in your response are you saying that you think the oxygen therapy has helped to get your heart rate more stable or that it made it more chaotic for you? For me, it definitely has slowed the amount of episodes that I’m having and when I get tachycardia it’s not as sustained as it used to be ! I hope they can find good medication therapy to help you better manage this! I know how uncomfortable it is to experience these increases in heart rate. Do you get other symptoms when it increases this high? For me, I experience light headed feeling and dizziness upon standing when it gets too high.

  • #14452
     Jen Cueva 
    Participant

    Hi Anthony,
    I, too, have had and still have arrhythmias, the oxygen definitely helps with it, not always resolving it but I tend to have less episodes. I also found once I started the stronger meds, Prostacyclins, ( Orenitram, now Uptravi ) with my other PH meds, that my episodes also decreased. Definitely having the arrhythmias and tachycardia is not a good feeling , but I continue even after 13 years to have these symptoms off and on.
    I hope the oxygen at night helps you some.

    Douglas,
    I’m not sure if the oxygen has affected your arrhythmias or not, I have heard that high flow oxygen for extended periods of time does have side effects. But, I also know several other PHriends that have had ablation and it helps them for awhile, but one , I know had had to have or done every few years. I hope that you can get some relief and help . I know the tachycardia is definitely scary and I a
    Ways tell me PH Doc, when it gets to a certain point I feel it’s going to flop out on the floor, lol

    • #14476
       Brittany Foster 
      Keymaster

      Hey Jen,
      Have you ever had an ablation for arrythmias? I have had an attempted one but they couldn’t do it because it was too close to the phrenic nerve and would risk diaphram paralysis! So I have a pacemaker and take meds for mine now.

  • #14453
     Anthony Collins 
    Participant

    Hi again, Brittany

    The vast majority of my tachycardic episodes have begun quite late at night, while I am still awake. This has been the case for years. I suspect that finally relaxing in front of the TV or with a book is the trigger. (No, horror and action are not my genres!) Waking with tachycardia triggered during the night was a very recent development. I began using the oxygen as prescribed – for ‘sleep’ (when I could tolerate the nasal congestion and some bleeding!)- but that did not prevent bouts of “tachy” while awake, though I believe that reaching for the oxygen at onset may have substantially reduced their duration. Currently, as soon as I relax at night I put the cannula in my mouth – I find it equally comfortable there and, unlike the intense pressure on the sinuses, the oral dehydration is easily solved. Oxygen administration runs from then till early morning. I have not had an episode since starting this practice. But it is very, very early days yet.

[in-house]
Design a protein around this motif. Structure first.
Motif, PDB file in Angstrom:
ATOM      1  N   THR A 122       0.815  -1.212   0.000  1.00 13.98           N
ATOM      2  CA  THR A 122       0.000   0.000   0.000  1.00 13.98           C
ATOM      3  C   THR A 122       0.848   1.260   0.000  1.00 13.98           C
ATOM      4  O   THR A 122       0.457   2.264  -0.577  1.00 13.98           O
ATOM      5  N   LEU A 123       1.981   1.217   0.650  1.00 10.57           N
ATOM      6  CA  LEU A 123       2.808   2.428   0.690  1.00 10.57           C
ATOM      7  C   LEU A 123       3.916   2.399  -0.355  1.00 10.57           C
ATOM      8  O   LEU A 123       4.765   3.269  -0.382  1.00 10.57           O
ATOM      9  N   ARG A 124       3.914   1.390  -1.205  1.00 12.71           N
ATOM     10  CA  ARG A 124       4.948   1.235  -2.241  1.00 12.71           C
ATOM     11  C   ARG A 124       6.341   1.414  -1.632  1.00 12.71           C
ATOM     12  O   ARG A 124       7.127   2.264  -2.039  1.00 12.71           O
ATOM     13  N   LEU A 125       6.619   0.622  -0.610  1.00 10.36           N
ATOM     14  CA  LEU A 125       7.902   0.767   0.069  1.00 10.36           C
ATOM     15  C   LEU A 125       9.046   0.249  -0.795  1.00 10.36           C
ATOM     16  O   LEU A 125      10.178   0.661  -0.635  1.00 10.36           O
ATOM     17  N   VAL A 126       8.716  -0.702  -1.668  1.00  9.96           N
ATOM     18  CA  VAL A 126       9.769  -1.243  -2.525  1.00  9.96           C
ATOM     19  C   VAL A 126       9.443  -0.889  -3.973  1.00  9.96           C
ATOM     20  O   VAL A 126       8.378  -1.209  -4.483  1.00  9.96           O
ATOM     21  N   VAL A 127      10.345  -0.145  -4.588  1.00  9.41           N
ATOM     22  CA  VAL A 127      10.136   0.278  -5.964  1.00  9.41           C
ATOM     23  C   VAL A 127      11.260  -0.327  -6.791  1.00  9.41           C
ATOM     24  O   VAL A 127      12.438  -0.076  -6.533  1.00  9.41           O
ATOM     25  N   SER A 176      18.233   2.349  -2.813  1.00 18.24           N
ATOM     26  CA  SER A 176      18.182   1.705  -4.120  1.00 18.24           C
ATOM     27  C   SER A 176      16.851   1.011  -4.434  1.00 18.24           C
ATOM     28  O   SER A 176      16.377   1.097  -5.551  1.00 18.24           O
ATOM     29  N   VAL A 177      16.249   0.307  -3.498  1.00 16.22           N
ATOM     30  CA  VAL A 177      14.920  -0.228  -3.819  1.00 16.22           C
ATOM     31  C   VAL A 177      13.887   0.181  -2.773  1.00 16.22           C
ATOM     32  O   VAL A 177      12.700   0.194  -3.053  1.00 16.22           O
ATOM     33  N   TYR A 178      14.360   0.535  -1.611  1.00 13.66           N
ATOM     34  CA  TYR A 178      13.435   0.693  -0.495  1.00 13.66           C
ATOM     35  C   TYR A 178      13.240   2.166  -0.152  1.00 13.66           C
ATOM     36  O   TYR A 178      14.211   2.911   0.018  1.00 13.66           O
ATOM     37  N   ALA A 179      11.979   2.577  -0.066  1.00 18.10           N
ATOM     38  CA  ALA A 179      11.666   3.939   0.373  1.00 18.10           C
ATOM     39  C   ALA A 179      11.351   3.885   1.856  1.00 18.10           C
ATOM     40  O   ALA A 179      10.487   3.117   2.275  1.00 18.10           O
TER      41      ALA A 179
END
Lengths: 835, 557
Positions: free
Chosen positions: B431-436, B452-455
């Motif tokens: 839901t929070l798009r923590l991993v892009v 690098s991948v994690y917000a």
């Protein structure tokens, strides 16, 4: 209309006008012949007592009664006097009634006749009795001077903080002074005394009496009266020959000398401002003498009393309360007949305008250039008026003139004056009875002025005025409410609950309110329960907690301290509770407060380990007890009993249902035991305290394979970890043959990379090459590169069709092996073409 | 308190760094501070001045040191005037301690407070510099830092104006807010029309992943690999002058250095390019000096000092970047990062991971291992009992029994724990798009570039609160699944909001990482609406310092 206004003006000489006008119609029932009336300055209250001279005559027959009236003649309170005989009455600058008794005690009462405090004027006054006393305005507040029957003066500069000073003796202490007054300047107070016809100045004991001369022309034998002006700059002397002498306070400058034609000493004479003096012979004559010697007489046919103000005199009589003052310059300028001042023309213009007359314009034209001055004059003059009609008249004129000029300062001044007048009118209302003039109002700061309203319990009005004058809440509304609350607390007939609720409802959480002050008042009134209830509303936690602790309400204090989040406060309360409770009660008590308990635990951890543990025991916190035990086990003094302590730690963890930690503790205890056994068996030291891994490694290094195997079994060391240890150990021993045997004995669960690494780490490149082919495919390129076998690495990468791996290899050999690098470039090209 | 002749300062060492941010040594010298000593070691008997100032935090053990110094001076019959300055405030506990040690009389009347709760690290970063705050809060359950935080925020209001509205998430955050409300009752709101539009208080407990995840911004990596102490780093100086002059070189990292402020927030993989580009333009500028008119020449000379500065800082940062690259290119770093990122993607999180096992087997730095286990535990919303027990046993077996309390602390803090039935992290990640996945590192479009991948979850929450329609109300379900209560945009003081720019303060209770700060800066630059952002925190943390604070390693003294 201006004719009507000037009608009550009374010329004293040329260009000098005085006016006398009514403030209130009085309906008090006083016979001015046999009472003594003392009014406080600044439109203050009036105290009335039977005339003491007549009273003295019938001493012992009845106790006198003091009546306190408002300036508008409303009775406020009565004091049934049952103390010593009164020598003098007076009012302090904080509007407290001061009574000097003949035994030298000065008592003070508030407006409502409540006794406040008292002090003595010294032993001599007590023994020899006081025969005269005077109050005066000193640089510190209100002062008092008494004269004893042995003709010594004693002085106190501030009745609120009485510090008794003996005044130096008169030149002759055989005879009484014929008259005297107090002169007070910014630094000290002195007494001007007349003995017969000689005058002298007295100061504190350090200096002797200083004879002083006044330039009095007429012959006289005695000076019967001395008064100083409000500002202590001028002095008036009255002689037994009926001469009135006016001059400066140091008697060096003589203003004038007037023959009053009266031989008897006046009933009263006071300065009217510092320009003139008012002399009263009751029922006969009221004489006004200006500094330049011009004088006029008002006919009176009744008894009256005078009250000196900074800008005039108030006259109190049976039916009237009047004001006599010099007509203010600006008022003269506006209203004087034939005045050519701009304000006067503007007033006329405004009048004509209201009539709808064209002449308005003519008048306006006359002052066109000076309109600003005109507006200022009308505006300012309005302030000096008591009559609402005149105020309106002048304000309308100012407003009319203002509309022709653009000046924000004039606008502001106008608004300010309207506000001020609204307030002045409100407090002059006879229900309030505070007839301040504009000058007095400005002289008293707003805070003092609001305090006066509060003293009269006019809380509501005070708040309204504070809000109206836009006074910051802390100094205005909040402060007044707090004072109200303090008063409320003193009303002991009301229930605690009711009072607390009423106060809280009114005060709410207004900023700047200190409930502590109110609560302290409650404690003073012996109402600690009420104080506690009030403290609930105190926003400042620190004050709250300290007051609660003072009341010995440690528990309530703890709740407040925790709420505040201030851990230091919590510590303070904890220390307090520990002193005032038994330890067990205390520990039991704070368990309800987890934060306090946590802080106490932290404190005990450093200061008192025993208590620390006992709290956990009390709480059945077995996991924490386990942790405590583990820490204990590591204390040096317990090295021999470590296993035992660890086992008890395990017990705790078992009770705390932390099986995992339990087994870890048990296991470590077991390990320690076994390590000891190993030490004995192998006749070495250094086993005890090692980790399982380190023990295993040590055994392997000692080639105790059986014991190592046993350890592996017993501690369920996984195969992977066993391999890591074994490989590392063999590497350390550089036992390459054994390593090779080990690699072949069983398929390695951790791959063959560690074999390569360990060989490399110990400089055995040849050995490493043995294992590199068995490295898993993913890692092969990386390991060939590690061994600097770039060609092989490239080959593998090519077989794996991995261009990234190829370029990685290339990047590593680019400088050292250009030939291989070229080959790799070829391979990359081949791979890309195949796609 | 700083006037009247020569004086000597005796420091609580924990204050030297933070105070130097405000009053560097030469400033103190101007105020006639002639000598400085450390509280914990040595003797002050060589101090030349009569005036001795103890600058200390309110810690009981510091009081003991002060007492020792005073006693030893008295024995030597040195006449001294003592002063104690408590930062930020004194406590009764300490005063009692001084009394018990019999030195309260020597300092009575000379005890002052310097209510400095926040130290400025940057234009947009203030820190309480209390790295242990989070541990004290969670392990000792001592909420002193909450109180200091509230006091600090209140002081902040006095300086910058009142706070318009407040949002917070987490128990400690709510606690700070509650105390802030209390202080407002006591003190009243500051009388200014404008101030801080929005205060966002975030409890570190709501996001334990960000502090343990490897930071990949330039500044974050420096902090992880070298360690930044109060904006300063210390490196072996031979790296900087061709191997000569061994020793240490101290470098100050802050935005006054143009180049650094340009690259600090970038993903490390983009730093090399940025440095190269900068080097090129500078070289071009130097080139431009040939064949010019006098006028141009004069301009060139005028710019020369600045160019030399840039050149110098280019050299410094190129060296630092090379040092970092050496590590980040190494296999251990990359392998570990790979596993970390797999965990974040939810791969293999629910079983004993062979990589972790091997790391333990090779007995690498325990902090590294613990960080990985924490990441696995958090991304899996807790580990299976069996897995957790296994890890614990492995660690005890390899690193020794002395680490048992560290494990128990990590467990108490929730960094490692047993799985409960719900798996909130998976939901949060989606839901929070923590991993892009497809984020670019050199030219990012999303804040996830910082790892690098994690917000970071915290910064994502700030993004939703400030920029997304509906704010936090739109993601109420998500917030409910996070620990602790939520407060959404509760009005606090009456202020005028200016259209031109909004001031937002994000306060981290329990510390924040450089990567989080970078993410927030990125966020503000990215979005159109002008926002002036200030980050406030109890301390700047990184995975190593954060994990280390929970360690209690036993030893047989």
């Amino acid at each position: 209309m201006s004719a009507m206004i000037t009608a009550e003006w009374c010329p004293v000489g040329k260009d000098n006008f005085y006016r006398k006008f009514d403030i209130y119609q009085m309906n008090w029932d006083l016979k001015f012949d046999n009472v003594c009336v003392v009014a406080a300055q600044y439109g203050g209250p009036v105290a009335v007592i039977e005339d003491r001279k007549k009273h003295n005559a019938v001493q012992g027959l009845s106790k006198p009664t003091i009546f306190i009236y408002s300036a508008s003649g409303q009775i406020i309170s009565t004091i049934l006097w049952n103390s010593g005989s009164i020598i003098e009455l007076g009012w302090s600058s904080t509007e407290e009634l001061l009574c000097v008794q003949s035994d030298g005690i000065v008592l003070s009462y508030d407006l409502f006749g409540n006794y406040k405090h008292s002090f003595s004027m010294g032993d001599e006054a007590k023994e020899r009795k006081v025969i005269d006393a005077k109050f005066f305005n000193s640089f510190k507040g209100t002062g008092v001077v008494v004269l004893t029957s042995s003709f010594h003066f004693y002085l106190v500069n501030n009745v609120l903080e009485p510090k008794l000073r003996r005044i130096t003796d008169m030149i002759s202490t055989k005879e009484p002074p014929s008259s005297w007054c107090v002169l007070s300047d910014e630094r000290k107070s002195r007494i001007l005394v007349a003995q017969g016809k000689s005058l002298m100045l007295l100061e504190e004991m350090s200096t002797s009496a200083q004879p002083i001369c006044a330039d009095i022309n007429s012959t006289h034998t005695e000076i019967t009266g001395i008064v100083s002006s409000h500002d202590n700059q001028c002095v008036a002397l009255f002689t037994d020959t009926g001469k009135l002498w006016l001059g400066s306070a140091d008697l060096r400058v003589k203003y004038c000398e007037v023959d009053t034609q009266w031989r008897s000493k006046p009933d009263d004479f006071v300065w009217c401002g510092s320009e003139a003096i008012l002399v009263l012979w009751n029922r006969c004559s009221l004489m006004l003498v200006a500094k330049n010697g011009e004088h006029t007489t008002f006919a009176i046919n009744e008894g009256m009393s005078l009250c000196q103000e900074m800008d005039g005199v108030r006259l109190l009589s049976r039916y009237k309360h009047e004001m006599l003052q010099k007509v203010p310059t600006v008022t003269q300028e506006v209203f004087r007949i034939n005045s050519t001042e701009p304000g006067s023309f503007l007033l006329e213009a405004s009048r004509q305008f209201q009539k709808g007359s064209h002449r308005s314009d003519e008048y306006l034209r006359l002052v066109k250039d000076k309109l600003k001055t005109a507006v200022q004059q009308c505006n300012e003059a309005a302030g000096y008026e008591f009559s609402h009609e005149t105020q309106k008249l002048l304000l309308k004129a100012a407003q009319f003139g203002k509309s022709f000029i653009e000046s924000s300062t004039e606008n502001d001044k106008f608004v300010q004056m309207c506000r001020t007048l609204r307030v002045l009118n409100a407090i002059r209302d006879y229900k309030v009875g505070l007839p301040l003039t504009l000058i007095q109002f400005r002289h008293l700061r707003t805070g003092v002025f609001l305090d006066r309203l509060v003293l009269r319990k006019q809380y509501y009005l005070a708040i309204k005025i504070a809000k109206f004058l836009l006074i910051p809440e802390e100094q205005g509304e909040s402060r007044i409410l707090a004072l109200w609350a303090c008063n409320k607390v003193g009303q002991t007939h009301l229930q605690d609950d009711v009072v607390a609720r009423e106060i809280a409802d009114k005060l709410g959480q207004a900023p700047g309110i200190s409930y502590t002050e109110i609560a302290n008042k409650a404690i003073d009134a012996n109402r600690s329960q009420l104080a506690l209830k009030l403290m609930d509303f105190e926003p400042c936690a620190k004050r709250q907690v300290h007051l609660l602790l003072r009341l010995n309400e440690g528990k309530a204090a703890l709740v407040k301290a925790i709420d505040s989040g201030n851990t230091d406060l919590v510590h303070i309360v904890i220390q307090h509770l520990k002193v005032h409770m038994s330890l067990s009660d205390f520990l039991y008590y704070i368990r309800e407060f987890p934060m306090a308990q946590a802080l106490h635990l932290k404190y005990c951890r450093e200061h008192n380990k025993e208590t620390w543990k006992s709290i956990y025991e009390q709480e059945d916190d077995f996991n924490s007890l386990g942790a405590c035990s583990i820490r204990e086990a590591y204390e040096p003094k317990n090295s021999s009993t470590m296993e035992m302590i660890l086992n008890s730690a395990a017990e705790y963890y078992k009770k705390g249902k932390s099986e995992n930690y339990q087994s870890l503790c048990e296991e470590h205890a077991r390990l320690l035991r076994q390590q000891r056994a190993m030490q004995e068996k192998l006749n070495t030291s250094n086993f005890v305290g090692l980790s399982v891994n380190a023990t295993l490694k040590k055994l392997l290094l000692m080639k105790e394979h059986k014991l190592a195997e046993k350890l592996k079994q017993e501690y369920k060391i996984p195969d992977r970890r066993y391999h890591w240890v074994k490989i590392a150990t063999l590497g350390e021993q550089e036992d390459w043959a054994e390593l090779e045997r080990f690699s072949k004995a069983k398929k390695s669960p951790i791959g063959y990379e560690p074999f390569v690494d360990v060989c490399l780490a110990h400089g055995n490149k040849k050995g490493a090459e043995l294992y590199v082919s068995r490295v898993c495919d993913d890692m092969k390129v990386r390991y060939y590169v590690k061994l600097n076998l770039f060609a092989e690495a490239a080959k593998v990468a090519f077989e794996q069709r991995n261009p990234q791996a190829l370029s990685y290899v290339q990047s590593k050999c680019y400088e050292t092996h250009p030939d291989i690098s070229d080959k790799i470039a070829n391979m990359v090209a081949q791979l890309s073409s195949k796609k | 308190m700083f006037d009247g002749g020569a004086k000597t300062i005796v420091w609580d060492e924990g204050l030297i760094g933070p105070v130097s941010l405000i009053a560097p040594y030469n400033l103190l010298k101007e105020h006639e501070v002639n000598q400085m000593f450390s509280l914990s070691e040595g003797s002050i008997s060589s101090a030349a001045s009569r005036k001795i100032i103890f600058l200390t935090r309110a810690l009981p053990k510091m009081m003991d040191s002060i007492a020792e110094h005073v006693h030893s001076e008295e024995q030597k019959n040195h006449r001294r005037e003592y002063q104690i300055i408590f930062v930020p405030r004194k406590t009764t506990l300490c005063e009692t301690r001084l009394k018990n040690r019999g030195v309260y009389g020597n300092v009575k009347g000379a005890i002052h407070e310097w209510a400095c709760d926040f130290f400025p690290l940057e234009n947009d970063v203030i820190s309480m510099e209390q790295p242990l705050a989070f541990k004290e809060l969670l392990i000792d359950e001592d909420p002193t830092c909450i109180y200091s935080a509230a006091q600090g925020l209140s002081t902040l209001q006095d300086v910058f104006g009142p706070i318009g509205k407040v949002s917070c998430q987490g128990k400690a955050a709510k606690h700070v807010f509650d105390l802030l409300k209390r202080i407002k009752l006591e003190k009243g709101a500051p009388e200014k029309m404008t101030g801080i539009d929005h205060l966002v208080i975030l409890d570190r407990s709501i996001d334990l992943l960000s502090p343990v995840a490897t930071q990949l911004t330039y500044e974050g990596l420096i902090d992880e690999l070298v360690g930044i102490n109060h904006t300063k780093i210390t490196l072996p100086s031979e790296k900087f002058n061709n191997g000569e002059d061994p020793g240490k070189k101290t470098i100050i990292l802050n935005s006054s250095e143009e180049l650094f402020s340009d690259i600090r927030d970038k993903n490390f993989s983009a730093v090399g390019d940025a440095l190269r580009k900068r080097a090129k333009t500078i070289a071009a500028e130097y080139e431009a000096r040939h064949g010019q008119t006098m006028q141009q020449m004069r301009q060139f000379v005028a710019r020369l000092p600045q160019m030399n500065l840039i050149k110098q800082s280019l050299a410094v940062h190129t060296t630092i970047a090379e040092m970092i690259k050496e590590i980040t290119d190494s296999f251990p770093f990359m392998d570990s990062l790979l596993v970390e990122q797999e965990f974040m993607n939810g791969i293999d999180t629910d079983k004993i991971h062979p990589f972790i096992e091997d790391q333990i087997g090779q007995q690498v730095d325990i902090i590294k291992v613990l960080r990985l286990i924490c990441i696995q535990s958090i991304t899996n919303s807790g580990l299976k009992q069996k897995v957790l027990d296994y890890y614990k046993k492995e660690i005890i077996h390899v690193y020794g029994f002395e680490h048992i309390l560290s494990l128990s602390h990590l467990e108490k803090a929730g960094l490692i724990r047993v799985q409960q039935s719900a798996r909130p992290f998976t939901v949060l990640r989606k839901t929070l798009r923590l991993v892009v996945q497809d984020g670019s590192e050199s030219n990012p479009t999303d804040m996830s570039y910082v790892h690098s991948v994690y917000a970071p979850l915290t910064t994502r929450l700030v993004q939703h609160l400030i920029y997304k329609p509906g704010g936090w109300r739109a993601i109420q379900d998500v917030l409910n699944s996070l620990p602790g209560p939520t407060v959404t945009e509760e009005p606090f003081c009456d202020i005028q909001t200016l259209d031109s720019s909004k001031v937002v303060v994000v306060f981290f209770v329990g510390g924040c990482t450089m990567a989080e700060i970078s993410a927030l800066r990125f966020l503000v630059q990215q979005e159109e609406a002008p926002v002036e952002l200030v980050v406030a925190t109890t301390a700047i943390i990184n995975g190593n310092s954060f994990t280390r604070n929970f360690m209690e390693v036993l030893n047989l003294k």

• #14474
       Brittany Foster 
      Keymaster

      Hi Anthony,
      I always was more aware of my faster heart rate at night too. I feel like for me, this was because I was finally relaxing and not distracting my mind with other things. It can become uncomfortable to “sit with” our physical symptoms instead of trying to distract ourselves from them. I hope you are able to see some improvement in the length of your arrythmias or a reduction in how often you’re having them, like @jenc said, mine didn’t completrly resolve but they definitely got less than what they were !!! Keep us posted on how it’s going and any changes you are noticing. Be sure to write down both the positive and negative to show your doctors.

  • #14455
     Anthony Collins 
    Participant

    Thanks Jen. I’ll let you know once I’ve let the experiment run long enough.

  • #14458
     Shane 
    Participant